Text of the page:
Table of Contents
ISRN Hematology
Volume 2011 (2011), Article ID 810708, 7 pages
http://dx.doi.org/10.5402/2011/810708
Clinical Study

Changing Patterns in the Clinical Pathological Features of Hodgkin Lymphoma: A Report from Debrecen, Hungary

3rd Department of Internal Medicine, Institute for Internal Medicine, Medical and Health Science Center, University of Debrecen, 4032 Debrecen, Hungary

Received 20 August 2011; Accepted 12 September 2011

Academic Editors: A. Bosly and O. Reman

Copyright © 2011 Zsófia Miltényi et al. This is an open access article distributed under the Creative Commons Attribution License, which permits unrestricted use, distribution, and reproduction in any medium, provided the original work is properly cited.

Abstract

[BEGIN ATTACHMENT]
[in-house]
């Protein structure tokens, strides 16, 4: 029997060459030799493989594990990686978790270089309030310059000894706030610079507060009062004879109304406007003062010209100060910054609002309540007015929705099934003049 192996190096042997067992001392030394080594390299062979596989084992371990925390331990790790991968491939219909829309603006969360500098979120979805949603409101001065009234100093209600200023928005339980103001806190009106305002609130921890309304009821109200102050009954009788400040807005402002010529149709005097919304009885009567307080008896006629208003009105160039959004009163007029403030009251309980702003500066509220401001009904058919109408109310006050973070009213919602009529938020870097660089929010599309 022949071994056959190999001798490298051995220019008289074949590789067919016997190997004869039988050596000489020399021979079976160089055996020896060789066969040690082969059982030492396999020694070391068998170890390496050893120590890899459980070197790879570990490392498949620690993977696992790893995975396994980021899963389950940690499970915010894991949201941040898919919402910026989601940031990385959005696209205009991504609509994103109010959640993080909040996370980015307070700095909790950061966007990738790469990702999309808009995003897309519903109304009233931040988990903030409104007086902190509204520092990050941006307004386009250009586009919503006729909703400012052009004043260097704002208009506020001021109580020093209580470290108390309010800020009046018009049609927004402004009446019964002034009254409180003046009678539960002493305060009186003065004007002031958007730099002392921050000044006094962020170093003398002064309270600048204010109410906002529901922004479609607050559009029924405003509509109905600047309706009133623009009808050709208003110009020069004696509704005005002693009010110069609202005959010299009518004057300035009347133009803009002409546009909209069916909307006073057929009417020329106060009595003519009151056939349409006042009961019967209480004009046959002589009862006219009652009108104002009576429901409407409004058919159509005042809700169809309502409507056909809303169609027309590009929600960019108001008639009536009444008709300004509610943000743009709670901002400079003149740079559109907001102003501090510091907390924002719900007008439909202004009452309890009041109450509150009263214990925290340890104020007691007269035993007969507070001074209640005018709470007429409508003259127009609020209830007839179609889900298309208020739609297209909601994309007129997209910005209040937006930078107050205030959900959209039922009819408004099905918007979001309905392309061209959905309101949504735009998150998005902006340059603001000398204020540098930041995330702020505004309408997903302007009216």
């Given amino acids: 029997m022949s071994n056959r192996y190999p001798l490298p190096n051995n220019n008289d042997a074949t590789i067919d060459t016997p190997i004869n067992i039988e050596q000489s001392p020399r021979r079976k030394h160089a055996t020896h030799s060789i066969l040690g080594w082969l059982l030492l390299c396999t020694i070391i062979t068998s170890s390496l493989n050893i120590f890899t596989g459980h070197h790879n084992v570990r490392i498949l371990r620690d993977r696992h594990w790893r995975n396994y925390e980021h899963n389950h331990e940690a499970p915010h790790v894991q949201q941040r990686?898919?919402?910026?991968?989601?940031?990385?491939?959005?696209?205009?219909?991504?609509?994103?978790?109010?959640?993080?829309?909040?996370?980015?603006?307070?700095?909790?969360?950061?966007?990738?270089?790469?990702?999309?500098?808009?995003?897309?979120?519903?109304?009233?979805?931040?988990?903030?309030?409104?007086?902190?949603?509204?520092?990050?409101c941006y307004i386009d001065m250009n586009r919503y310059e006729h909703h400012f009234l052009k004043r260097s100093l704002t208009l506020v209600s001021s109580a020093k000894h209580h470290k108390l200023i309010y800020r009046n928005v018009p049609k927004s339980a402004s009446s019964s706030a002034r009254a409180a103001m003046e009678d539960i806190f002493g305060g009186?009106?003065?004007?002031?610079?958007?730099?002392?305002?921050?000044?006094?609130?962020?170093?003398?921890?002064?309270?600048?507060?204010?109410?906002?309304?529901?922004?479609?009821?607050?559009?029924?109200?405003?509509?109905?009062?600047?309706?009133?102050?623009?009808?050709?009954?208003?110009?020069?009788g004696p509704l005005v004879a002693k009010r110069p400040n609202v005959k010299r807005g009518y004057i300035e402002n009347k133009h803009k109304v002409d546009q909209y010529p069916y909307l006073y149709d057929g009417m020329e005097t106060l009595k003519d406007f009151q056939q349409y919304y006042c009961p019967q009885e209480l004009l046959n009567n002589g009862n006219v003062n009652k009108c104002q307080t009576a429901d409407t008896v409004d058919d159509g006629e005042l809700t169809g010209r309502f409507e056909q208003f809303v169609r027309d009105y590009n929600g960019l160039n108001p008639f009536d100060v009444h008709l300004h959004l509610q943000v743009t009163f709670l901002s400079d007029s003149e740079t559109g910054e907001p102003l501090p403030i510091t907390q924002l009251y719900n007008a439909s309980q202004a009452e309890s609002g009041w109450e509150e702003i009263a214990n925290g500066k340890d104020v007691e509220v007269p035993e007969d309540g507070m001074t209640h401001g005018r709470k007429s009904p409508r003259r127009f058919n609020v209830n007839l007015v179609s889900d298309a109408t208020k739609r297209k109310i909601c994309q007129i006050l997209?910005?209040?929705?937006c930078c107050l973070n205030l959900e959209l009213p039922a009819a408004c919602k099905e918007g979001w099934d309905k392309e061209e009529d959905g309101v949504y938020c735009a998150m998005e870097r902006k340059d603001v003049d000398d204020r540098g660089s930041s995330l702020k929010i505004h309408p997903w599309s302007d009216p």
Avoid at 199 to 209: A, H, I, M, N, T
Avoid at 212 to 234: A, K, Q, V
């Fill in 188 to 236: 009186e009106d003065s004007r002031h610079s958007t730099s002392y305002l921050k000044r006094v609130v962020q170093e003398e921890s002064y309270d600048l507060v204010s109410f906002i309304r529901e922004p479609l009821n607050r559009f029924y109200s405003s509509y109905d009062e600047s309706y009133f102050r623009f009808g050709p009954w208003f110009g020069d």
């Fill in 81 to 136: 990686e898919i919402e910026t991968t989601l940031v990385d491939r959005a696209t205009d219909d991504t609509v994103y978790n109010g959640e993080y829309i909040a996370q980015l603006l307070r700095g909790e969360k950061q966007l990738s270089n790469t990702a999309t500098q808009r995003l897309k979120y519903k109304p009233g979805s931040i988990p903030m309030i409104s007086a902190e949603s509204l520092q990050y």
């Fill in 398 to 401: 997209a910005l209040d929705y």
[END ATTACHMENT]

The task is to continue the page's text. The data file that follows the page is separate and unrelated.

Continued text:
Introduction. Hodgkin lymphoma shows a well-known geographic pattern, but temporal changes have been found recently as well. Patients and Methods. 439 Hodgkin lymphoma patients' clinicopathological and treatment data were processed in calendar periods of approximately ten years. The patients were treated at our department from 1980 until the end of 2008. Results. The first period (1980–89) contained 177 patients, the second (1990–99) 147, and the third (2000–08) 115 Hodgkin lymphoma patients. The mean age of the patients was 40.1, 35.9, and 36.8 years in order. The male/female ratio: 1.42, 1.45, 1.05 in order. Contrary-wise a unimodal age group pattern could have been seen with an incidence peak between 30 and 39 in the past decades. The incidence of classical mixed cellularity histological subtype is decreasing (43.7%, 58.23%, 42.6%, 饾憙 = 0 . 0 0 9 8 (it is only significant in the second period)); classical nodular sclerosis shows an increasing tendency (25%, 27.32%, 34.78%, 饾憙 = 0 . 1 7 3 4 ). The first incidence peak is predominantly created by classical nodular sclerosis, meanwhile the second peak by classical mixed cellularity. The number of early-stage patients (59.12%) is beyond the advanced stage (40%) in the last decade. Meanwhile, the number of second-stage patients was increasing (25.8%, 26.35%, 49.56%   饾憙 < 0 . 0 0 0 1 ) and of patients in third stage was decreasing (53.4 %, 50.67%, 20%   饾憙 < 0 . 0 0 0 1 ). The 5- and 10-year overall survival data were progressing: 59.7 %, 77.4 %, and 90.5 % and 44.1 %, 70.6 % and 90.5 % (expected survival) in the last decade. Conclusions. Changes can be explained by the altered nature of Hodgkin lymphoma, the changes in socioeconomic status and the development of diagnostic and therapy methods.